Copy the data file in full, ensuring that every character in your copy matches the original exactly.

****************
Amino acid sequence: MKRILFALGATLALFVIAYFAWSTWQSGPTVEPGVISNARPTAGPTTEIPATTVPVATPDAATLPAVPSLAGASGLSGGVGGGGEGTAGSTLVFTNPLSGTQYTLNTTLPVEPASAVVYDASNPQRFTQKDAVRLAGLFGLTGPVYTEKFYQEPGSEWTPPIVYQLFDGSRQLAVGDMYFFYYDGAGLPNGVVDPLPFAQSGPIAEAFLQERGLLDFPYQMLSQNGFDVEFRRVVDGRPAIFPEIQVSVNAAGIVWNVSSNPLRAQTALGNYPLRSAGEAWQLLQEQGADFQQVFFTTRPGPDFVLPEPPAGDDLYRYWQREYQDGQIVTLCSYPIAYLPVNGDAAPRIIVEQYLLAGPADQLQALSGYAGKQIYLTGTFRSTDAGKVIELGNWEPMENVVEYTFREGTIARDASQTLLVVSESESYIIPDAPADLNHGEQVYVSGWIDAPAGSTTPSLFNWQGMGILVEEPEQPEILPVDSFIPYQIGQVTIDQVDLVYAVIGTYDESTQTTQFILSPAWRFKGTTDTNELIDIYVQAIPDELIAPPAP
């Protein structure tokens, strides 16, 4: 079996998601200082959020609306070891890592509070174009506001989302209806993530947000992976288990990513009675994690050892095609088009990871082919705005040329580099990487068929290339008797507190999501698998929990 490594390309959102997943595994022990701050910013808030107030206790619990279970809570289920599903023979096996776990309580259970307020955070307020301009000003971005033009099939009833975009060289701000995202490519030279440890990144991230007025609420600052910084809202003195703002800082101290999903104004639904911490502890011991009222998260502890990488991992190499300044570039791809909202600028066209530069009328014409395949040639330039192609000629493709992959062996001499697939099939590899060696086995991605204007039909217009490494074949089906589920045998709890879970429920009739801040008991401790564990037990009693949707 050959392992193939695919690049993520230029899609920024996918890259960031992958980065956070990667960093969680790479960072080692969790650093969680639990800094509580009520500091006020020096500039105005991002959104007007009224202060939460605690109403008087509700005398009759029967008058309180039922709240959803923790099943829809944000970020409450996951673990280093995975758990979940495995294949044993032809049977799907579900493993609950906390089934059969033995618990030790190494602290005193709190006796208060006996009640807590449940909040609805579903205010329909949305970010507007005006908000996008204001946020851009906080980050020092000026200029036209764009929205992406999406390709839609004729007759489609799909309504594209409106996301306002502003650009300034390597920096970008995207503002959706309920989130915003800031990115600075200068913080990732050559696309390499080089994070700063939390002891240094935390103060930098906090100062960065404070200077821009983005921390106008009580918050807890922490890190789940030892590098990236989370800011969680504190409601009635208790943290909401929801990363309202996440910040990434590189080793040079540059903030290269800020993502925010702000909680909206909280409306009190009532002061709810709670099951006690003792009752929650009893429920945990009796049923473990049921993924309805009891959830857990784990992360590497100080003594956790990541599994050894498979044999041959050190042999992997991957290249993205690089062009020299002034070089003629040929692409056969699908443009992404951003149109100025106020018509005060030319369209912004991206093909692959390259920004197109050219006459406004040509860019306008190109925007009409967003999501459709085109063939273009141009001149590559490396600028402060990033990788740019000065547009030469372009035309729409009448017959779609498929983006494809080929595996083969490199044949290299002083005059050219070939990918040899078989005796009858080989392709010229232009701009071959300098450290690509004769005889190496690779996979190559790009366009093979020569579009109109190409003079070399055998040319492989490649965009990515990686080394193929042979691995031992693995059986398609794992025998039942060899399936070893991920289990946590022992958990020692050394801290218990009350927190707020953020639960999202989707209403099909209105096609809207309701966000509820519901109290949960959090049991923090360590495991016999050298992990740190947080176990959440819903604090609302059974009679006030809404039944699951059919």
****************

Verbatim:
Amino acid sequence: MKRILFALGATLALFVIAYFAWSTWQSGPTVEPGVISNARPTAGPTTEIPATTVPVATPDAATLPAVPSLAGASGLSGGVGGGGEGTAGSTLVFTNPLSGTQYTLNTTLPVEPASAVVYDASNPQRFTQKDAVRLAGLFGLTGPVYTEKFYQEPGSEWTPPIVYQLFDGSRQLAVGDMYFFYYDGAGLPNGVVDPLPFAQSGPIAEAFLQERGLLDFPYQMLSQNGFDVEFRRVVDGRPAIFPEIQVSVNAAGIVWNVSSNPLRAQTALGNYPLRSAGEAWQLLQEQGADFQQVFFTTRPGPDFVLPEPPAGDDLYRYWQREYQDGQIVTLCSYPIAYLPVNGDAAPRIIVEQYLLAGPADQLQALSGYAGKQIYLTGTFRSTDAGKVIELGNWEPMENVVEYTFREGTIARDASQTLLVVSESESYIIPDAPADLNHGEQVYVSGWIDAPAGSTTPSLFNWQGMGILVEEPEQPEILPVDSFIPYQIGQVTIDQVDLVYAVIGTYDESTQTTQFILSPAWRFKGTTDTNELIDIYVQAIPDELIAPPAP
């Protein structure tokens, strides 16, 4: 079996998601200082959020609306070891890592509070174009506001989302209806993530947000992976288990990513009675994690050892095609088009990871082919705005040329580099990487068929290339008797507190999501698998929990 490594390309959102997943595994022990701050910013808030107030206790619990279970809570289920599903023979096996776990309580259970307020955070307020301009000003971005033009099939009833975009060289701000995202490519030279440890990144991230007025609420600052910084809202003195703002800082101290999903104004639904911490502890011991009222998260502890990488991992190499300044570039791809909202600028066209530069009328014409395949040639330039192609000629493709992959062996001499697939099939590899060696086995991605204007039909217009490494074949089906589920045998709890879970429920009739801040008991401790564990037990009693949707 050959392992193939695919690049993520230029899609920024996918890259960031992958980065956070990667960093969680790479960072080692969790650093969680639990800094509580009520500091006020020096500039105005991002959104007007009224202060939460605690109403008087509700005398009759029967008058309180039922709240959803923790099943829809944000970020409450996951673990280093995975758990979940495995294949044993032809049977799907579900493993609950906390089934059969033995618990030790190494602290005193709190006796208060006996009640807590449940909040609805579903205010329909949305970010507007005006908000996008204001946020851009906080980050020092000026200029036209764009929205992406999406390709839609004729007759489609799909309504594209409106996301306002502003650009300034390597920096970008995207503002959706309920989130915003800031990115600075200068913080990732050559696309390499080089994070700063939390002891240094935390103060930098906090100062960065404070200077821009983005921390106008009580918050807890922490890190789940030892590098990236989370800011969680504190409601009635208790943290909401929801990363309202996440910040990434590189080793040079540059903030290269800020993502925010702000909680909206909280409306009190009532002061709810709670099951006690003792009752929650009893429920945990009796049923473990049921993924309805009891959830857990784990992360590497100080003594956790990541599994050894498979044999041959050190042999992997991957290249993205690089062009020299002034070089003629040929692409056969699908443009992404951003149109100025106020018509005060030319369209912004991206093909692959390259920004197109050219006459406004040509860019306008190109925007009409967003999501459709085109063939273009141009001149590559490396600028402060990033990788740019000065547009030469372009035309729409009448017959779609498929983006494809080929595996083969490199044949290299002083005059050219070939990918040899078989005796009858080989392709010229232009701009071959300098450290690509004769005889190496690779996979190559790009366009093979020569579009109109190409003079070399055998040319492989490649965009990515990686080394193929042979691995031992693995059986398609794992025998039942060899399936070893991920289990946590022992958990020692050394801290218990009350927190707020953020639960999202989707209403099909209105096609809207309701966000509820519901109290949960959090049991923090360590495991016999050298992990740190947080176990959440819903604090609302059974009679006030809404039944699951059919």